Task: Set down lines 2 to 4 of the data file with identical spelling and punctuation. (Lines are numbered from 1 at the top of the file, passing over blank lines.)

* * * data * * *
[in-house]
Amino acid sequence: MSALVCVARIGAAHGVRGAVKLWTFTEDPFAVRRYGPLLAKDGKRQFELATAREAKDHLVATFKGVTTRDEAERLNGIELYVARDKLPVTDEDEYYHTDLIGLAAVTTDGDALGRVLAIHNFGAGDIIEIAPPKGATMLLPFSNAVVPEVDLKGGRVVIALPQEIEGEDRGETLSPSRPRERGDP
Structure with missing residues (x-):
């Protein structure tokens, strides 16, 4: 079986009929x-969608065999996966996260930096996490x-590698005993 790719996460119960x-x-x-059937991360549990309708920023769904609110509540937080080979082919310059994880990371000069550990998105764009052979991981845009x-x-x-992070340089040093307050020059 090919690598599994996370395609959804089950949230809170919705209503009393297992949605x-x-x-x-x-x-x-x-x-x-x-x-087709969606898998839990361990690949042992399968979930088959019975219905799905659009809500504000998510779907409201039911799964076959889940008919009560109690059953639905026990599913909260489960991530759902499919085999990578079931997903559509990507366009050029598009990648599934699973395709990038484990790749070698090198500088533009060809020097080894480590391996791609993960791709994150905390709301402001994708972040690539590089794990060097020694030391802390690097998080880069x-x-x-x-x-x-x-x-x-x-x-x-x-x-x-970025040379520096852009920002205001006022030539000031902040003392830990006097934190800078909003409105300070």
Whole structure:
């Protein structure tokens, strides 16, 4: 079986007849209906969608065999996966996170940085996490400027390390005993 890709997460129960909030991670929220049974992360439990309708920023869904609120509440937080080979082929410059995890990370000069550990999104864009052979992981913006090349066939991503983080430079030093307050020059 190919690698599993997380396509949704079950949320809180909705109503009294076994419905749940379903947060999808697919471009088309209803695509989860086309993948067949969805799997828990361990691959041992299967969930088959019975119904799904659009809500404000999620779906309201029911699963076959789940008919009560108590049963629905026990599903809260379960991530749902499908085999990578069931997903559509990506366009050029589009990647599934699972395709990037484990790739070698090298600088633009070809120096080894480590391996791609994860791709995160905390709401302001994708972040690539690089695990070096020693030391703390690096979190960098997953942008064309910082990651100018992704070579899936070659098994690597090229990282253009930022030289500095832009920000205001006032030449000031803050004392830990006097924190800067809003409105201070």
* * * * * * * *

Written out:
Amino acid sequence: MSALVCVARIGAAHGVRGAVKLWTFTEDPFAVRRYGPLLAKDGKRQFELATAREAKDHLVATFKGVTTRDEAERLNGIELYVARDKLPVTDEDEYYHTDLIGLAAVTTDGDALGRVLAIHNFGAGDIIEIAPPKGATMLLPFSNAVVPEVDLKGGRVVIALPQEIEGEDRGETLSPSRPRERGDP
Structure with missing residues (x-):
């Protein structure tokens, strides 16, 4: 079986009929x-969608065999996966996260930096996490x-590698005993 790719996460119960x-x-x-059937991360549990309708920023769904609110509540937080080979082919310059994880990371000069550990998105764009052979991981845009x-x-x-992070340089040093307050020059 090919690598599994996370395609959804089950949230809170919705209503009393297992949605x-x-x-x-x-x-x-x-x-x-x-x-087709969606898998839990361990690949042992399968979930088959019975219905799905659009809500504000998510779907409201039911799964076959889940008919009560109690059953639905026990599913909260489960991530759902499919085999990578079931997903559509990507366009050029598009990648599934699973395709990038484990790749070698090198500088533009060809020097080894480590391996791609993960791709994150905390709301402001994708972040690539590089794990060097020694030391802390690097998080880069x-x-x-x-x-x-x-x-x-x-x-x-x-x-x-970025040379520096852009920002205001006022030539000031902040003392830990006097934190800078909003409105300070």